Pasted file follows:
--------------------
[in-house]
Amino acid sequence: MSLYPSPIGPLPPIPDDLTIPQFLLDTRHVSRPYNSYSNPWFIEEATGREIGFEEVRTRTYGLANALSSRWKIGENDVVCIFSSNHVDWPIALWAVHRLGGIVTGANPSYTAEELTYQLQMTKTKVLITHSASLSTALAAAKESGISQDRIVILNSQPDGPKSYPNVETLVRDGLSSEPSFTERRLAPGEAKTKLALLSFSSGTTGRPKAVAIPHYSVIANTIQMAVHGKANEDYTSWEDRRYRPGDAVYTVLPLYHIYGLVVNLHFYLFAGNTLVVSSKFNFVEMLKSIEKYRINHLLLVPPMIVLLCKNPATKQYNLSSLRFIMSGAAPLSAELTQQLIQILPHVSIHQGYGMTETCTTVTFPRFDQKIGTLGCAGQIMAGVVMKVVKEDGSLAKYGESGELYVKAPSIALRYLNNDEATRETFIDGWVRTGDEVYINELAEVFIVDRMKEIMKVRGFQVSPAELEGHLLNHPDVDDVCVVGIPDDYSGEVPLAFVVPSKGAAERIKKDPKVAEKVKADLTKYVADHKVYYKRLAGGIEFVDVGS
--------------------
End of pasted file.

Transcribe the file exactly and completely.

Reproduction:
[in-house]
Amino acid sequence: MSLYPSPIGPLPPIPDDLTIPQFLLDTRHVSRPYNSYSNPWFIEEATGREIGFEEVRTRTYGLANALSSRWKIGENDVVCIFSSNHVDWPIALWAVHRLGGIVTGANPSYTAEELTYQLQMTKTKVLITHSASLSTALAAAKESGISQDRIVILNSQPDGPKSYPNVETLVRDGLSSEPSFTERRLAPGEAKTKLALLSFSSGTTGRPKAVAIPHYSVIANTIQMAVHGKANEDYTSWEDRRYRPGDAVYTVLPLYHIYGLVVNLHFYLFAGNTLVVSSKFNFVEMLKSIEKYRINHLLLVPPMIVLLCKNPATKQYNLSSLRFIMSGAAPLSAELTQQLIQILPHVSIHQGYGMTETCTTVTFPRFDQKIGTLGCAGQIMAGVVMKVVKEDGSLAKYGESGELYVKAPSIALRYLNNDEATRETFIDGWVRTGDEVYINELAEVFIVDRMKEIMKVRGFQVSPAELEGHLLNHPDVDDVCVVGIPDDYSGEVPLAFVVPSKGAAERIKKDPKVAEKVKADLTKYVADHKVYYKRLAGGIEFVDVGS